Fla. Man Receives Life Sentence for Possession of CP
FORT LAUDERDALE, Fla. — Life sentence without possibility of parole.
That's what Florida resident Daniel Vilca, a 26-year-old stockroom worker with no criminal record, received after a jury convicted him on 454 counts of possessing child pornography — one count for each photo.
Under state law, each count is a third-degree felony punishable by up to five years in prison. In Vilca's case, sentencing guidelines imposed in his case meant a minimum term of 152 years.
Vilca’s lawyer, Lee Hollander, who plans on appealing the decision, called the sentence ridiculous and that Vilca had consistently said he did not know the images were on his computer.
Vilca earlier refused a plea bargain of 20 years in prison.
“Daniel had nothing to do with the original victimization of these people," Hollander said. "There is no evidence that he’s ever touched anybody improperly, adult or minor, and life in prison for looking at images, even child images, is beyond comprehension."
With the severity of the sentence handed out, experts in justice and groups advocating child protection over the Internet are questioning whether harsh penalties really fit the crime.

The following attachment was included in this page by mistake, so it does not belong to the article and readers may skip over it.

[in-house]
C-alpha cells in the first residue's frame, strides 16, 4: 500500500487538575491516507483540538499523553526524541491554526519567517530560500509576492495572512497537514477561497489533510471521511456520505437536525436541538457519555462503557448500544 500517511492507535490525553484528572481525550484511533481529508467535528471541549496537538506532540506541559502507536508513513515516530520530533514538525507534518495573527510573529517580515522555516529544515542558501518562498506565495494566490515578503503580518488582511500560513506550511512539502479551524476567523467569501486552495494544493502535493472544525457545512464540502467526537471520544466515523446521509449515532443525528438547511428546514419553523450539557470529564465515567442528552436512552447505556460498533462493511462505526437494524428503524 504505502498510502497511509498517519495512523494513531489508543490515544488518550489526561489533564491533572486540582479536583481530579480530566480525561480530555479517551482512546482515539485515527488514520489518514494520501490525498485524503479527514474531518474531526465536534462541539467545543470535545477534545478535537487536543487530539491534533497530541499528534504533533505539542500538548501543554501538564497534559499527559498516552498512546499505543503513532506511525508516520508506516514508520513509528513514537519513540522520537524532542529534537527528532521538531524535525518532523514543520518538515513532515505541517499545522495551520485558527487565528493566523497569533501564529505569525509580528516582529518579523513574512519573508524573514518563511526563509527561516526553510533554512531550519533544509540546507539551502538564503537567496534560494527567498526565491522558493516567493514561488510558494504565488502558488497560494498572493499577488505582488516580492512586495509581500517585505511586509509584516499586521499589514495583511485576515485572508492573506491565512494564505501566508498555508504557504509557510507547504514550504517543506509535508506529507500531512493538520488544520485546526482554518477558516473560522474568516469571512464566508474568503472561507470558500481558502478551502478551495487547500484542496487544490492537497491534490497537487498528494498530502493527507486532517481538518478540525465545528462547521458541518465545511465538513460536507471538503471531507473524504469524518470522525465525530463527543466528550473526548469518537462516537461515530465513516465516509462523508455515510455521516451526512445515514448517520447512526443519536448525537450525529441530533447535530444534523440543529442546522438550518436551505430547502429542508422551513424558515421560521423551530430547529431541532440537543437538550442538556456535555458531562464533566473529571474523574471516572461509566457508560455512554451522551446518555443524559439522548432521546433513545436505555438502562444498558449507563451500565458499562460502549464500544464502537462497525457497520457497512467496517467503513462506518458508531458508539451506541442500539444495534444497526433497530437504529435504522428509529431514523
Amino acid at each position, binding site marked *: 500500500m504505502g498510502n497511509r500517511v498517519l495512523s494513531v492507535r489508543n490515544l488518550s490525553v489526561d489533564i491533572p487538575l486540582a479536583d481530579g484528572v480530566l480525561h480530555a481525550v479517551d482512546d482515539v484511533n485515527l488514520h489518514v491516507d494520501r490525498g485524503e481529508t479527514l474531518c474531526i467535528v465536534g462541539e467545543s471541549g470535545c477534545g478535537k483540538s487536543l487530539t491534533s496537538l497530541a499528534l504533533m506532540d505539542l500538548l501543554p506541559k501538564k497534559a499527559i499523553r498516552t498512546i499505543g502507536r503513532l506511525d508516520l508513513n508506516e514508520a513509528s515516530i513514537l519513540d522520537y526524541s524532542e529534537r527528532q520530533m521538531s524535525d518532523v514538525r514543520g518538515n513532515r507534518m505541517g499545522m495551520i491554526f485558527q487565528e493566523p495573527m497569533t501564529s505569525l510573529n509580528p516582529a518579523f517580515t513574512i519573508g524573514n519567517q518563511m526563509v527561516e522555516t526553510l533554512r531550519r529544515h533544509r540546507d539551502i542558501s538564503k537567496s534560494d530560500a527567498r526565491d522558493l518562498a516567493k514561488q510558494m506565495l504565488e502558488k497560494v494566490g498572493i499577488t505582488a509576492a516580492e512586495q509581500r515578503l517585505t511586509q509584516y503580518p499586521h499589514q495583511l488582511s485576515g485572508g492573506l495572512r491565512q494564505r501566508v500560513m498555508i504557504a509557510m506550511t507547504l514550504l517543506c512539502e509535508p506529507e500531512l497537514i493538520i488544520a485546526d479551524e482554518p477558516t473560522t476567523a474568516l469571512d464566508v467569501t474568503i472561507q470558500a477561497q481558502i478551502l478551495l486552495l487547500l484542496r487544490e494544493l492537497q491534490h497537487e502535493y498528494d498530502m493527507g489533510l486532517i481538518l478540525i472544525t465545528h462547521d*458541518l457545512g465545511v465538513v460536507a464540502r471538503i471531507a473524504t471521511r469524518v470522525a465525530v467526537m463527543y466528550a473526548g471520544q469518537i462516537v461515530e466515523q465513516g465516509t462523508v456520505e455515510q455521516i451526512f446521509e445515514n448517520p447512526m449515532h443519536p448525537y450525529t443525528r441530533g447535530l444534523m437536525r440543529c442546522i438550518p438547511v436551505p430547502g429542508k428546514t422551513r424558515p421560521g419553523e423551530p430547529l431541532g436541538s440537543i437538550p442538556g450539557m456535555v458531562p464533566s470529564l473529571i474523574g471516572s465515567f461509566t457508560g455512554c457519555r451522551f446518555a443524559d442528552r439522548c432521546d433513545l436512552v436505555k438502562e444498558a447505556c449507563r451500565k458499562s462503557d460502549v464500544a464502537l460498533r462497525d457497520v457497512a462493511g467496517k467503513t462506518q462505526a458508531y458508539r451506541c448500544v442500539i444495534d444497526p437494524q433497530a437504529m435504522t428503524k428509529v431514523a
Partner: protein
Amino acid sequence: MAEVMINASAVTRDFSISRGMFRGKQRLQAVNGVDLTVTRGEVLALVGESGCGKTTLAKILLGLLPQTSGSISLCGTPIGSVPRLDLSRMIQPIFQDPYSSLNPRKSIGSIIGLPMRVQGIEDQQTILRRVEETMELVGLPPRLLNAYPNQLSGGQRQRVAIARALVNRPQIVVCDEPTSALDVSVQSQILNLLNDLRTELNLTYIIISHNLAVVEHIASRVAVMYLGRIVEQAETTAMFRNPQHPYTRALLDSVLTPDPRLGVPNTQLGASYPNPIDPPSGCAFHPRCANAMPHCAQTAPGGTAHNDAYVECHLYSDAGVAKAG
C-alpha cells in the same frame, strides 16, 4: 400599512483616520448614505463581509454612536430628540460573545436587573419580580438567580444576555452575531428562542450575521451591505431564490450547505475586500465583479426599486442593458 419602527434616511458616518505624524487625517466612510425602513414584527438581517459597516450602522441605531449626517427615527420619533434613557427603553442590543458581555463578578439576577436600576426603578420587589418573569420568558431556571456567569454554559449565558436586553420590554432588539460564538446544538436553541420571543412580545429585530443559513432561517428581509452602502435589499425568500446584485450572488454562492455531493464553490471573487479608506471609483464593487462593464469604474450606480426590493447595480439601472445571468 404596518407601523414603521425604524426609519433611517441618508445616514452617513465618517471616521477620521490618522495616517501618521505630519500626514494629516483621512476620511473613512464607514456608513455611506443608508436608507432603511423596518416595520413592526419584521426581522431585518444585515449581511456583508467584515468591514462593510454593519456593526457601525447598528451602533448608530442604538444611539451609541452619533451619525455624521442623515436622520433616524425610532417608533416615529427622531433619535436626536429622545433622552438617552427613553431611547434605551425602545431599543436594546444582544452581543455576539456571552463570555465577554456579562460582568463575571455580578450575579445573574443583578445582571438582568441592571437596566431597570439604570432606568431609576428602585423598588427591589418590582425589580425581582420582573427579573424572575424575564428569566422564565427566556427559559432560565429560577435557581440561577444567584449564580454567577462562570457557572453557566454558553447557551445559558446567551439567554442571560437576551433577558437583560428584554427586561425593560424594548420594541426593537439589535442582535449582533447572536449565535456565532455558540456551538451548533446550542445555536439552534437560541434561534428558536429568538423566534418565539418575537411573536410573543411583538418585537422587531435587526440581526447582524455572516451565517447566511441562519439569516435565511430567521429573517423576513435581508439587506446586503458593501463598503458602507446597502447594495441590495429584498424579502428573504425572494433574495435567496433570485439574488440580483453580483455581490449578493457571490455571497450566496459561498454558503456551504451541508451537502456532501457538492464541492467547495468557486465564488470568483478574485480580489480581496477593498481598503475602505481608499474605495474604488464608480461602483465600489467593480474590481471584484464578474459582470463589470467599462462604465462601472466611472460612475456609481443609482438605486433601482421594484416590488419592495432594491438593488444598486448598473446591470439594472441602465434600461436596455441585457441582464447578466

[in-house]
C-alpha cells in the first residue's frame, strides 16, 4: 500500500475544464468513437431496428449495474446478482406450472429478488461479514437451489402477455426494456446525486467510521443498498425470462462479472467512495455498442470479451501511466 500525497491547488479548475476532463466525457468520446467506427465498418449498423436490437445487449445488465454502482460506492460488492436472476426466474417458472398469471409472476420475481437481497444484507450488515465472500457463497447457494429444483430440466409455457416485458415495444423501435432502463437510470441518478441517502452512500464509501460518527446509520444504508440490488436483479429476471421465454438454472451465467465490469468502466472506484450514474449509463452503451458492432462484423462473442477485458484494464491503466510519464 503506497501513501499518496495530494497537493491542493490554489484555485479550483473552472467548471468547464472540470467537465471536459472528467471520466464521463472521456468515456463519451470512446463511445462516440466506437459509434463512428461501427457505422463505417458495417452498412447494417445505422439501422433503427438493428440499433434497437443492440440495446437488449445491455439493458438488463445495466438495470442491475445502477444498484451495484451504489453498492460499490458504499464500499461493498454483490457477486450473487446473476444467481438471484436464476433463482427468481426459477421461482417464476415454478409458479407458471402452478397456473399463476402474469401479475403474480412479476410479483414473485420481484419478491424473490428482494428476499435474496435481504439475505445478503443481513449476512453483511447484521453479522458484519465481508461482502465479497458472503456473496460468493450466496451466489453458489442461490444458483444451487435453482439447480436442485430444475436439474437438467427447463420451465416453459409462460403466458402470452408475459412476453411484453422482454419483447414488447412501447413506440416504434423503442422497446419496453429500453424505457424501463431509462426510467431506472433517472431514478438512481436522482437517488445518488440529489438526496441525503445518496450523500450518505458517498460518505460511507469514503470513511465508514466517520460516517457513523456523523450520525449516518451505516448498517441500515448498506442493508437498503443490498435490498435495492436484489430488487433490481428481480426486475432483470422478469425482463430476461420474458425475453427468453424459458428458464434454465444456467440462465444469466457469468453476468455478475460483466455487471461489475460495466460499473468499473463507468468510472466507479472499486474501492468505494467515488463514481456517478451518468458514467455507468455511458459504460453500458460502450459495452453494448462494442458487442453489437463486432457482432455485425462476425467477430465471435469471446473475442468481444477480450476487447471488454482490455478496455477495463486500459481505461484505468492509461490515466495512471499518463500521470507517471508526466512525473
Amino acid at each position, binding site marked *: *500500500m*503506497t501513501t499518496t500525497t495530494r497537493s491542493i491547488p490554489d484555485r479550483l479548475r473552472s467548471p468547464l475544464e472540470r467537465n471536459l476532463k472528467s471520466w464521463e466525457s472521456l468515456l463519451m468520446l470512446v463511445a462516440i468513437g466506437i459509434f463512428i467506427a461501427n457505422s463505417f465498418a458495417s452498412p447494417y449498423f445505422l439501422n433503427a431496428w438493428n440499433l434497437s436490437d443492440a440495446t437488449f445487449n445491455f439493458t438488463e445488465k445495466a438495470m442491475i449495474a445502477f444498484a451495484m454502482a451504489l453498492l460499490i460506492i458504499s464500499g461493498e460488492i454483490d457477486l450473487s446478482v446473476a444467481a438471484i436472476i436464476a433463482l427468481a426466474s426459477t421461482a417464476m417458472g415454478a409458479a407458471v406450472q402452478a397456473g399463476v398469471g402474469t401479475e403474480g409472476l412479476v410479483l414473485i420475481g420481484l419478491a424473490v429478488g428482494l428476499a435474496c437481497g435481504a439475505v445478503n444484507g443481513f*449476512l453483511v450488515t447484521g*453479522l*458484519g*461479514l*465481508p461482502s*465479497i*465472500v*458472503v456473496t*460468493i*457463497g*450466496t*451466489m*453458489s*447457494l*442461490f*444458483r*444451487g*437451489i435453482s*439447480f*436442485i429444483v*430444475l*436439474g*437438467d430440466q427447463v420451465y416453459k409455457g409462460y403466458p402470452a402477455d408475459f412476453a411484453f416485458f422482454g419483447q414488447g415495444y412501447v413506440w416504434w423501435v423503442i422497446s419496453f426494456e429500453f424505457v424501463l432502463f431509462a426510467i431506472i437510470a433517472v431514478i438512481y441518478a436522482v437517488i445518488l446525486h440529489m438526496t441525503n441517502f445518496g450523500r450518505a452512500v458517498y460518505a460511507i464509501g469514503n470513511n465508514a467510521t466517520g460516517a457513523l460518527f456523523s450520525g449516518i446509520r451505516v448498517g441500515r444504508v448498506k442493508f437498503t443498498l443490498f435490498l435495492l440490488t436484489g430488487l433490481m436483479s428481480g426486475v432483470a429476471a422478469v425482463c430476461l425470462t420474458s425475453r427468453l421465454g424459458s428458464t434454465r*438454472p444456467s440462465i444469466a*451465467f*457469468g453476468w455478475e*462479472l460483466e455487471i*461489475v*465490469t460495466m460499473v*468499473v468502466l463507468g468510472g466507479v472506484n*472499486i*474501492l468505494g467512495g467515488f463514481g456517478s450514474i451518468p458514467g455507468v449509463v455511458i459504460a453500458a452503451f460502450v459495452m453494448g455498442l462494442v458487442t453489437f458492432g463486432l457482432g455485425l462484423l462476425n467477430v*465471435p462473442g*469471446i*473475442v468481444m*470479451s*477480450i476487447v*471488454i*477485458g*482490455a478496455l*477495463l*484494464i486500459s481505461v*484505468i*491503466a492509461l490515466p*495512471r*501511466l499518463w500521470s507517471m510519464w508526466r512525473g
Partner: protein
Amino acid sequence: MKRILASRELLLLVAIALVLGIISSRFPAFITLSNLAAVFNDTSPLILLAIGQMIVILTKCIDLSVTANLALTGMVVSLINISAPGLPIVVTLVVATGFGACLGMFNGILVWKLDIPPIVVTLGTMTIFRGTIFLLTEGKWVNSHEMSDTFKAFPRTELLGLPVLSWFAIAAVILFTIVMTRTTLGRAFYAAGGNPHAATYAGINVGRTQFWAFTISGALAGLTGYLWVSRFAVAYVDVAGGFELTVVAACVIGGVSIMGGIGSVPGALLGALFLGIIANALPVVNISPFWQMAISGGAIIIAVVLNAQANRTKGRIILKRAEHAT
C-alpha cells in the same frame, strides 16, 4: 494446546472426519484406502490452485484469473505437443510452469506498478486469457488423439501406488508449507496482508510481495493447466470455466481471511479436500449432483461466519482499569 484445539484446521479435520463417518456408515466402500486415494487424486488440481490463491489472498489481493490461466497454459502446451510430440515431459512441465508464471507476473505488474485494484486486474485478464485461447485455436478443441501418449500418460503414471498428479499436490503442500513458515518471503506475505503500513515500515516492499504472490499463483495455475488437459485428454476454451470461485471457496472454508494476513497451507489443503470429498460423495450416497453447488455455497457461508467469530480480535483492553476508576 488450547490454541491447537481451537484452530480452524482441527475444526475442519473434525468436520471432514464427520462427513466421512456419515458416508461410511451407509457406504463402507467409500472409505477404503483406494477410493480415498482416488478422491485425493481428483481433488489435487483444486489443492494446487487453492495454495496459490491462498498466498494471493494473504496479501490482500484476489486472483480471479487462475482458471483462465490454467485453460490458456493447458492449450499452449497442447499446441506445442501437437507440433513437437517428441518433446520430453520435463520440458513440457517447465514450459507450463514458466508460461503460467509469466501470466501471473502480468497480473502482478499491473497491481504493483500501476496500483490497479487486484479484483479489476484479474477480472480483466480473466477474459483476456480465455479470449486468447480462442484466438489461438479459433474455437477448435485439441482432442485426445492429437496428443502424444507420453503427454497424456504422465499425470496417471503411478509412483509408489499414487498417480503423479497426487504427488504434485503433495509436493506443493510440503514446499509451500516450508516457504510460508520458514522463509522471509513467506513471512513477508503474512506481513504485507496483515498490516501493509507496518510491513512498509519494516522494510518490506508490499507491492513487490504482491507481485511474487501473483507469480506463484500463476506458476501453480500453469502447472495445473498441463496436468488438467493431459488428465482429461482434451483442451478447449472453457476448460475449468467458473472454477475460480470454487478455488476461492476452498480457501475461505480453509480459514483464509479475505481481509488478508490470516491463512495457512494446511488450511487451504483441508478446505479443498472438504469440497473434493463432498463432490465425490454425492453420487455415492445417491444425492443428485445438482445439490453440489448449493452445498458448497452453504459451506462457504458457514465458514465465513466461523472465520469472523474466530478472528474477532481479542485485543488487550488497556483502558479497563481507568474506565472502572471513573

Paul Cassell, a former federal judge who is now a law professor at the University of Utah, commenting on the Vilca case, told the New York Times that “a life sentence is what we give first-degree murderers, and possession of child pornography is not the equivalent of first-degree murder.”
ASACP Executive Director Tim Henning told XBIZ that on the surface the sentence seems "extreme as generally compared with previous sentences in the U.S. for this crime."
"How much of a deterrent is this type of extreme sentencing?" he asked "I tend to think that it's a very significant one. Another major issue is the fact that sentences for possession of child pornography vary greatly within the U.S. and the world.
"There really needs to be more of a consensus on this issue in order to send a clear message that society will not tolerate those that would sexually abuse children both as a consumer and producer of child pornography."